When it is quiet – “almost too quiet” – in movies, it is a sign that something is about to go wrong for the good guys. This holds true for the genes that protect against lung cancer, as researchers at the University of Toledo in Toledo, Ohio, have learned. They identified a panel of 15 genes that could serve to predict cancer; if enough of their collective activity becomes quiet – almost too quiet -- it could mean they are being suppressed by other factors in the cell, a step that may lead to cancer.
According to lead researcher, James C. Willey, M.D., a test for these genes, in normal cells sampled via bronchoscopy, could serve as a technique to identify those individuals genetically at risk for lung cancer. In a study of 49 subjects, Dr. Willey and his colleagues were able to correctly identify the individuals with cancer 96 percent of the time. Dr. Willey presents the team’s findings today in Atlanta, Georgia at the American Association for Cancer Research’s second International Conference on Molecular Diagnostics in Cancer Therapeutic Development.
“Smoking causes about 90 percent of all lung cancer cases, yet only about 10 to 15 percent of heavy smokers will develop lung cancer,” said Dr. Willey, an associate professor of medicine and molecular biology at the University of Toledo’s College of Medicine. “We are looking for new techniques that will allow us to pick out the 10 to 15 percent of individuals at highest risk for lung cancer from the enormous pool of current and former smokers.”
While advances in screening tools like high resolution coaxial tomography (HRCT) enable increasingly effective early detection of lung cancer, scanning all present or former heavy smokers is problematic and costly when, due to genetic makeup, 85 to 90 percent of them are at low risk despite smoking history, Dr. Willey said. Therefore, Willey believes that a screen to identify the 10 to 15 percent of high risk individuals should increase the accuracy of further HRCT screening. “In America alone, there are more than 40 million present or former heavy smoking individuals,” Dr. Willey said.
To determine which genes are active in lung cancer, Dr. Willey and his colleagues look for levels of messenger RNA transcripts -- instructions copied from DNA that direct cells to create specific proteins. Previously, the researchers had published findings demonstrating that genes responsible for protecting lung cells from damage caused by cigarette smoke or environmental toxins are sub-optimally regulated in the normal lung cells of individuals who develop lung cancer. In this study, Dr. Willey and his colleagues put their theories to the clinical test by measuring transcript abundance (TA) of 15 genes that encode protective antioxidant and DNA repair proteins in lung airway cells taken from 25 people with lung cancer and 24 people without the disease.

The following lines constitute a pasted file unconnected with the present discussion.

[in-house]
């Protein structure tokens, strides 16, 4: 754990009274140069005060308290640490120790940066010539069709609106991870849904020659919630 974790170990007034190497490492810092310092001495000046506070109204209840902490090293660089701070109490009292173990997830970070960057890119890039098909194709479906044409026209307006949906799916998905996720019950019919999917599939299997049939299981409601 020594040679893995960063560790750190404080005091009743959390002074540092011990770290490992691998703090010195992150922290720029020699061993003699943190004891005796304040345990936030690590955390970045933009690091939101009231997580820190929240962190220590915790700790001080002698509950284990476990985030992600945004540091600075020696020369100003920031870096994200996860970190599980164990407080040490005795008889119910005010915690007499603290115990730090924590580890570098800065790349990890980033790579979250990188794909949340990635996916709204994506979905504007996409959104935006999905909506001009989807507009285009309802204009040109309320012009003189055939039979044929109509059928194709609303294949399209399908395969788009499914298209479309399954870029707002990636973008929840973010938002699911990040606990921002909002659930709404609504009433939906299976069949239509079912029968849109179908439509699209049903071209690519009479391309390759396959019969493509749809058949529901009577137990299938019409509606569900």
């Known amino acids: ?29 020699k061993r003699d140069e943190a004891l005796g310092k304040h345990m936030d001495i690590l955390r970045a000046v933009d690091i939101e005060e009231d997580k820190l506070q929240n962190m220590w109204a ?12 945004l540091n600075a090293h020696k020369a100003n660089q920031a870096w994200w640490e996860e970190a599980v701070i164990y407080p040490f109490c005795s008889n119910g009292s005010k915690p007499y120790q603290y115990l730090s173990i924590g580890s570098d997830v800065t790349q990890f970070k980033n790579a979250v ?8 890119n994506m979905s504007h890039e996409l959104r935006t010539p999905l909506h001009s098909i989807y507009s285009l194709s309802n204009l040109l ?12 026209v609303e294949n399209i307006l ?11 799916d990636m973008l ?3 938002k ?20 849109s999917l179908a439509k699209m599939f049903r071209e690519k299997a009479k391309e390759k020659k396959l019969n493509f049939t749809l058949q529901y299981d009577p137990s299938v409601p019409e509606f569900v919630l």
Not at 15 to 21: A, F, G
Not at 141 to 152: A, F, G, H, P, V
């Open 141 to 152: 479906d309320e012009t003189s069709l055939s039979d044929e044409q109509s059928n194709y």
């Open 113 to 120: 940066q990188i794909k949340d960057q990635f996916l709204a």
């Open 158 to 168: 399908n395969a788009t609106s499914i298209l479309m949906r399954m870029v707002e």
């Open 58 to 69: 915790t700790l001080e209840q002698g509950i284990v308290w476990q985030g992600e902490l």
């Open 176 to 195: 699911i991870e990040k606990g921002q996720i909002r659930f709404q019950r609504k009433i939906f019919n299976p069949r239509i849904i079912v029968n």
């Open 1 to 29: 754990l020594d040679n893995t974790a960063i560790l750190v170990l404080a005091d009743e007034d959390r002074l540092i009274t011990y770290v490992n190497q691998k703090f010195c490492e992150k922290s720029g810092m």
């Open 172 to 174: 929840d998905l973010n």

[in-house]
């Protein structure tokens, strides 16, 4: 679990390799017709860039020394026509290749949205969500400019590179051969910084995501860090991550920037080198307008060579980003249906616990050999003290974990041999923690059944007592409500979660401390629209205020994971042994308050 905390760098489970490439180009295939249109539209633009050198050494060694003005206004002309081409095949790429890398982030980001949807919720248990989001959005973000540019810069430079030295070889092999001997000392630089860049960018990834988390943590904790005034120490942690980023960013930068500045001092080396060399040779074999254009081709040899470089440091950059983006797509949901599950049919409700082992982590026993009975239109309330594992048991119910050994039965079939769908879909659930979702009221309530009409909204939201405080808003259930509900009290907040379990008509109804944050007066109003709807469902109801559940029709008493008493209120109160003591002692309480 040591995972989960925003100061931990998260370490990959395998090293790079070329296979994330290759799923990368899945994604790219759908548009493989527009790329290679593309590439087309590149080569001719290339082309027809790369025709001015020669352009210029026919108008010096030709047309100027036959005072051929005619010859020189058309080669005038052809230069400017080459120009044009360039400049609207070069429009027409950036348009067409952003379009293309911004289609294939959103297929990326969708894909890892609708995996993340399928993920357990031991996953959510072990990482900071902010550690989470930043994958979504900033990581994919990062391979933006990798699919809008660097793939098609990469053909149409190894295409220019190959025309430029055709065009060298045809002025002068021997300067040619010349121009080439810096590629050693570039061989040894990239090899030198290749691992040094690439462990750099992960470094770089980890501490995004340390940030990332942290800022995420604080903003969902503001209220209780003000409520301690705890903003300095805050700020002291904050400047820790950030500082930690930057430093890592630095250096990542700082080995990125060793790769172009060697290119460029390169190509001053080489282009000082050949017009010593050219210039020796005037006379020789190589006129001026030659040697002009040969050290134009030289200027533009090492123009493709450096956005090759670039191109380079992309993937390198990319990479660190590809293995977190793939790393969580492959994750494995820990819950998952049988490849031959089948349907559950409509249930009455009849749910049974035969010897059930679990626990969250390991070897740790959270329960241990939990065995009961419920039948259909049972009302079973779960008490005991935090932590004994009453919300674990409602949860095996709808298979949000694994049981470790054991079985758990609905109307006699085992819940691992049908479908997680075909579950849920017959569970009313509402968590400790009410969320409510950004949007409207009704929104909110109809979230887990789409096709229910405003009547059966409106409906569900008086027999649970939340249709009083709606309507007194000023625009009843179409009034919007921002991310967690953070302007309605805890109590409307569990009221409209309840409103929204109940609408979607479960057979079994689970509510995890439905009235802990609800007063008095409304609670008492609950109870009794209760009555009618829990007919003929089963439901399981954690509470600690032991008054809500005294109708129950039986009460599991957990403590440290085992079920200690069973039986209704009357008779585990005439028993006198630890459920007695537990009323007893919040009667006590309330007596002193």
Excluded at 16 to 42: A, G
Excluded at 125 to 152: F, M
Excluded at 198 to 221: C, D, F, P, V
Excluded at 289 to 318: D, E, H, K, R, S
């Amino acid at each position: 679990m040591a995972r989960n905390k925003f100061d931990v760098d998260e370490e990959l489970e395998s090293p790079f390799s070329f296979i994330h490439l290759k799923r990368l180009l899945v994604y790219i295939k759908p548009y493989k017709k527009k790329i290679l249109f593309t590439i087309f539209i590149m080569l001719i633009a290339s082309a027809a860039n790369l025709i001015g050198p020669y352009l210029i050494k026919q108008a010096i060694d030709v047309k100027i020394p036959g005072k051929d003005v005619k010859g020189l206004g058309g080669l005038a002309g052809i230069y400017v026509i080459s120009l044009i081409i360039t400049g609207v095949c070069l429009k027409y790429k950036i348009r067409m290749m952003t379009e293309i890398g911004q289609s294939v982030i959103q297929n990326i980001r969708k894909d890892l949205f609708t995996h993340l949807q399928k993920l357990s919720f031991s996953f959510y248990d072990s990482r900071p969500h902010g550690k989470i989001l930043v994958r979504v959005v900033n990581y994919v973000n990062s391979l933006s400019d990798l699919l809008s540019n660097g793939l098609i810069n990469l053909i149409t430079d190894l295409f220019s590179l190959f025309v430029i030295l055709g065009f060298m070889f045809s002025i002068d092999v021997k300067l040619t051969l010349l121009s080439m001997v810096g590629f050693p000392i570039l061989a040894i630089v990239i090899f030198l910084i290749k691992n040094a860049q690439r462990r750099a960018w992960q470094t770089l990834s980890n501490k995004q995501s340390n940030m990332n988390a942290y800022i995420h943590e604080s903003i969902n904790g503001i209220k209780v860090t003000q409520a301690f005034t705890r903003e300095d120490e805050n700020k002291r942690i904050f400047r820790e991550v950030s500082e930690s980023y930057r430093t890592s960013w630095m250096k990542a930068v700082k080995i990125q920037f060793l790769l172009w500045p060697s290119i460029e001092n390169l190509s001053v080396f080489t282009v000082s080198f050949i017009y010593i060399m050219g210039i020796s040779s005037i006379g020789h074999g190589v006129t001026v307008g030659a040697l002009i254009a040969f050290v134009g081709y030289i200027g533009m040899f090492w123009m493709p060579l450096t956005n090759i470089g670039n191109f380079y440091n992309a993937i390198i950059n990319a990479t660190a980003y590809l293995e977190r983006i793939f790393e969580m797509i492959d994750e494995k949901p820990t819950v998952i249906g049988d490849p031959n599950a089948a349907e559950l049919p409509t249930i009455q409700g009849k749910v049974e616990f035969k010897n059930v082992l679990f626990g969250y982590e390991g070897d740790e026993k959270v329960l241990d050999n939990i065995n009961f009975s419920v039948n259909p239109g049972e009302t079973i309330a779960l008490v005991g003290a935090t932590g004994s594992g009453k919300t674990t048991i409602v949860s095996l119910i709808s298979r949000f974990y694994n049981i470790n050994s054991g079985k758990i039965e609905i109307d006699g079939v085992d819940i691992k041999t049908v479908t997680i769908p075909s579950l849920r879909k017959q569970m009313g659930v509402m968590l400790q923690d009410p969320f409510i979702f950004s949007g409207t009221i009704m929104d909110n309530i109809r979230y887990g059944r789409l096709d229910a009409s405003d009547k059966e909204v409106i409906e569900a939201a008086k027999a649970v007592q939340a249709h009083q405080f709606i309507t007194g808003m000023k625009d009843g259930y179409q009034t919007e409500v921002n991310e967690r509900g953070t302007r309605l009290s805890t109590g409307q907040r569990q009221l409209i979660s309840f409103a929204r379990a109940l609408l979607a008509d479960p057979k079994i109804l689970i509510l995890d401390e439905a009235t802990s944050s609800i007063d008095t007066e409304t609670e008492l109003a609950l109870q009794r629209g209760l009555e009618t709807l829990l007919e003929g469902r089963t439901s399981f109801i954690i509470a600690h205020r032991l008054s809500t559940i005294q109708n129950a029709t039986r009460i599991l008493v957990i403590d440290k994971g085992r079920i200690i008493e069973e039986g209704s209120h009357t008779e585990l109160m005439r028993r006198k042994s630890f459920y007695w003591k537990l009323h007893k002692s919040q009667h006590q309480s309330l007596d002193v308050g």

Their previous research allowed them to determine the threshold levels of TA for each gene – the point at which the amount of mRNA transcripts would indicate a tendency toward cancer. In this study, they used the threshold levels as a basis to assign a value of one or zero to each of the targeted genes for an individual subject, with “zero” indicating normal TA.
If the sum total of a subject’s target genes was greater than or equal to seven, the genes could collectively serve as a biomarker for lung cancer, the researchers found. Their results yielded one false negative and seven false positives among the 49 individuals assessed. According to Dr. Willey, they believe that a positive result in a subject without lung cancer may not actually be false positive, but rather could mean that the person is at an increased risk for lung cancer, which might arise later.
These results justify a larger, prospective study to determine whether this biomarker will be useful in predicting risk for lung cancer in current and former smokers. “Overall, the study showed a high degree of accuracy for picking out lung cancer patients,” said Dr. Willey.
Source: American Association for Cancer Research
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